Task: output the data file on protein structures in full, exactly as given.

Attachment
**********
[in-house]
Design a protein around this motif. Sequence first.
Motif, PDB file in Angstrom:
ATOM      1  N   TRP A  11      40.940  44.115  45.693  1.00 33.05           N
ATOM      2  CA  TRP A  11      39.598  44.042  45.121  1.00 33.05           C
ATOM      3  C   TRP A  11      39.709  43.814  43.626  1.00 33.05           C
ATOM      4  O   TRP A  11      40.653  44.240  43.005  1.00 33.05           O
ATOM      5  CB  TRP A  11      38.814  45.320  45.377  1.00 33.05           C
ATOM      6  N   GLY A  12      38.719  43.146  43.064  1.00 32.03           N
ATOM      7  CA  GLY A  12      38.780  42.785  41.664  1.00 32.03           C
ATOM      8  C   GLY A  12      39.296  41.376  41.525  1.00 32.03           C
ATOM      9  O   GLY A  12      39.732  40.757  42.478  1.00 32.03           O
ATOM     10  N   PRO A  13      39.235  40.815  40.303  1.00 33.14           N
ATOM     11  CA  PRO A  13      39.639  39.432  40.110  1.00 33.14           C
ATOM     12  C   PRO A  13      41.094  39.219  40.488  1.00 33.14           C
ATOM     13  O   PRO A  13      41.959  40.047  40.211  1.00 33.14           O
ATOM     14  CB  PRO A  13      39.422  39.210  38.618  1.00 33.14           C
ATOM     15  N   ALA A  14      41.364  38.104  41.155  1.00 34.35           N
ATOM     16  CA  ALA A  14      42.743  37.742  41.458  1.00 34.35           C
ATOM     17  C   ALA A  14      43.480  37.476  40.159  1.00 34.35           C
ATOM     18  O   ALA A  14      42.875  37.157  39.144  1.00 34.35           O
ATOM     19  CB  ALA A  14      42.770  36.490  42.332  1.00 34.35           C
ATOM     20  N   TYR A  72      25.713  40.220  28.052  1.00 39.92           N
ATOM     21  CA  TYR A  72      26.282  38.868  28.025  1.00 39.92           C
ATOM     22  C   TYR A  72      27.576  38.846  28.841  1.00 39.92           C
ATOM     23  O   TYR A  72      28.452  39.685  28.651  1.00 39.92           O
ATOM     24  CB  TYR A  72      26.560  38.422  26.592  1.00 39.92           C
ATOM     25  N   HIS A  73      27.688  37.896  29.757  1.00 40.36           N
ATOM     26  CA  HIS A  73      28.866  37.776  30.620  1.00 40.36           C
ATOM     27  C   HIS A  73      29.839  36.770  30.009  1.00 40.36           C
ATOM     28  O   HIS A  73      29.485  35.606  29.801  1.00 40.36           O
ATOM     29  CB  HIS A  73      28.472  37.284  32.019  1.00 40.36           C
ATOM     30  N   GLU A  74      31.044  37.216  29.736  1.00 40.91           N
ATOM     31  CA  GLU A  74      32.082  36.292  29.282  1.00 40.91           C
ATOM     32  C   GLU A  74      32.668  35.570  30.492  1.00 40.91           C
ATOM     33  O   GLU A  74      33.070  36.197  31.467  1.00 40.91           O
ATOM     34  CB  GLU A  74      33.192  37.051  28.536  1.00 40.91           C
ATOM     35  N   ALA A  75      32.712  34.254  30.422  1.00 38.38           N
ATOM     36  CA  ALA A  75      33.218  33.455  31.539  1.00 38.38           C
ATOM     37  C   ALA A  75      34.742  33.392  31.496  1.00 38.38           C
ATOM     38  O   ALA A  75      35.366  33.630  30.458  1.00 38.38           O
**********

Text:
[in-house]
Design a protein around this motif. Sequence first.
Motif, PDB file in Angstrom:
ATOM      1  N   TRP A  11      40.940  44.115  45.693  1.00 33.05           N
ATOM      2  CA  TRP A  11      39.598  44.042  45.121  1.00 33.05           C
ATOM      3  C   TRP A  11      39.709  43.814  43.626  1.00 33.05           C
ATOM      4  O   TRP A  11      40.653  44.240  43.005  1.00 33.05           O
ATOM      5  CB  TRP A  11      38.814  45.320  45.377  1.00 33.05           C
ATOM      6  N   GLY A  12      38.719  43.146  43.064  1.00 32.03           N
ATOM      7  CA  GLY A  12      38.780  42.785  41.664  1.00 32.03           C
ATOM      8  C   GLY A  12      39.296  41.376  41.525  1.00 32.03           C
ATOM      9  O   GLY A  12      39.732  40.757  42.478  1.00 32.03           O
ATOM     10  N   PRO A  13      39.235  40.815  40.303  1.00 33.14           N
ATOM     11  CA  PRO A  13      39.639  39.432  40.110  1.00 33.14           C
ATOM     12  C   PRO A  13      41.094  39.219  40.488  1.00 33.14           C
ATOM     13  O   PRO A  13      41.959  40.047  40.211  1.00 33.14           O
ATOM     14  CB  PRO A  13      39.422  39.210  38.618  1.00 33.14           C
ATOM     15  N   ALA A  14      41.364  38.104  41.155  1.00 34.35           N
ATOM     16  CA  ALA A  14      42.743  37.742  41.458  1.00 34.35           C
ATOM     17  C   ALA A  14      43.480  37.476  40.159  1.00 34.35           C
ATOM     18  O   ALA A  14      42.875  37.157  39.144  1.00 34.35           O
ATOM     19  CB  ALA A  14      42.770  36.490  42.332  1.00 34.35           C
ATOM     20  N   TYR A  72      25.713  40.220  28.052  1.00 39.92           N
ATOM     21  CA  TYR A  72      26.282  38.868  28.025  1.00 39.92           C
ATOM     22  C   TYR A  72      27.576  38.846  28.841  1.00 39.92           C
ATOM     23  O   TYR A  72      28.452  39.685  28.651  1.00 39.92           O
ATOM     24  CB  TYR A  72      26.560  38.422  26.592  1.00 39.92           C
ATOM     25  N   HIS A  73      27.688  37.896  29.757  1.00 40.36           N
ATOM     26  CA  HIS A  73      28.866  37.776  30.620  1.00 40.36           C
ATOM     27  C   HIS A  73      29.839  36.770  30.009  1.00 40.36           C
ATOM     28  O   HIS A  73      29.485  35.606  29.801  1.00 40.36           O
ATOM     29  CB  HIS A  73      28.472  37.284  32.019  1.00 40.36           C
ATOM     30  N   GLU A  74      31.044  37.216  29.736  1.00 40.91           N
ATOM     31  CA  GLU A  74      32.082  36.292  29.282  1.00 40.91           C
ATOM     32  C   GLU A  74      32.668  35.570  30.492  1.00 40.91           C
ATOM     33  O   GLU A  74      33.070  36.197  31.467  1.00 40.91           O
ATOM     34  CB  GLU A  74      33.192  37.051  28.536  1.00 40.91           C
ATOM     35  N   ALA A  75      32.712  34.254  30.422  1.00 38.38           N
ATOM     36  CA  ALA A  75      33.218  33.455  31.539  1.00 38.38           C
ATOM     37  C   ALA A  75      34.742  33.392  31.496  1.00 38.38           C
ATOM     38  O   ALA A  75      35.366  33.630  30.458  1.00 38.38           O